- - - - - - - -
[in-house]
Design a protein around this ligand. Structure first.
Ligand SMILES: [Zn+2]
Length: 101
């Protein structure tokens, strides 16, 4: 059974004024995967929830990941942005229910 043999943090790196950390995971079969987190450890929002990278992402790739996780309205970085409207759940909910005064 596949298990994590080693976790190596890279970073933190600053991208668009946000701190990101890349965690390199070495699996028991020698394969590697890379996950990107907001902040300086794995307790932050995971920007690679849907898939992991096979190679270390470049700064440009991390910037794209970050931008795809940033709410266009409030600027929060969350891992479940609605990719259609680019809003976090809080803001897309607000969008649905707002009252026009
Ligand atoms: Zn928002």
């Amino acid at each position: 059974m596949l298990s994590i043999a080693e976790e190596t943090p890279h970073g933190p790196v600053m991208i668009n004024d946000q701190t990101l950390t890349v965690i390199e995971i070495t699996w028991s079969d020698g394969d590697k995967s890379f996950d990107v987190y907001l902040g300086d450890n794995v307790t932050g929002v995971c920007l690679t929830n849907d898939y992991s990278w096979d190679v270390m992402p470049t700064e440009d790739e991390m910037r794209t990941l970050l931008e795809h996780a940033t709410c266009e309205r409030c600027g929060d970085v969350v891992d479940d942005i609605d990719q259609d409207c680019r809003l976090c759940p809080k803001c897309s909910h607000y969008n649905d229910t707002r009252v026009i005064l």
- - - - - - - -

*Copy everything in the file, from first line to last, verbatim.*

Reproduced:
[in-house]
Design a protein around this ligand. Structure first.
Ligand SMILES: [Zn+2]
Length: 101
């Protein structure tokens, strides 16, 4: 059974004024995967929830990941942005229910 043999943090790196950390995971079969987190450890929002990278992402790739996780309205970085409207759940909910005064 596949298990994590080693976790190596890279970073933190600053991208668009946000701190990101890349965690390199070495699996028991020698394969590697890379996950990107907001902040300086794995307790932050995971920007690679849907898939992991096979190679270390470049700064440009991390910037794209970050931008795809940033709410266009409030600027929060969350891992479940609605990719259609680019809003976090809080803001897309607000969008649905707002009252026009
Ligand atoms: Zn928002």
């Amino acid at each position: 059974m596949l298990s994590i043999a080693e976790e190596t943090p890279h970073g933190p790196v600053m991208i668009n004024d946000q701190t990101l950390t890349v965690i390199e995971i070495t699996w028991s079969d020698g394969d590697k995967s890379f996950d990107v987190y907001l902040g300086d450890n794995v307790t932050g929002v995971c920007l690679t929830n849907d898939y992991s990278w096979d190679v270390m992402p470049t700064e440009d790739e991390m910037r794209t990941l970050l931008e795809h996780a940033t709410c266009e309205r409030c600027g929060d970085v969350v891992d479940d942005i609605d990719q259609d409207c680019r809003l976090c759940p809080k803001c897309s909910h607000y969008n649905d229910t707002r009252v026009i005064l």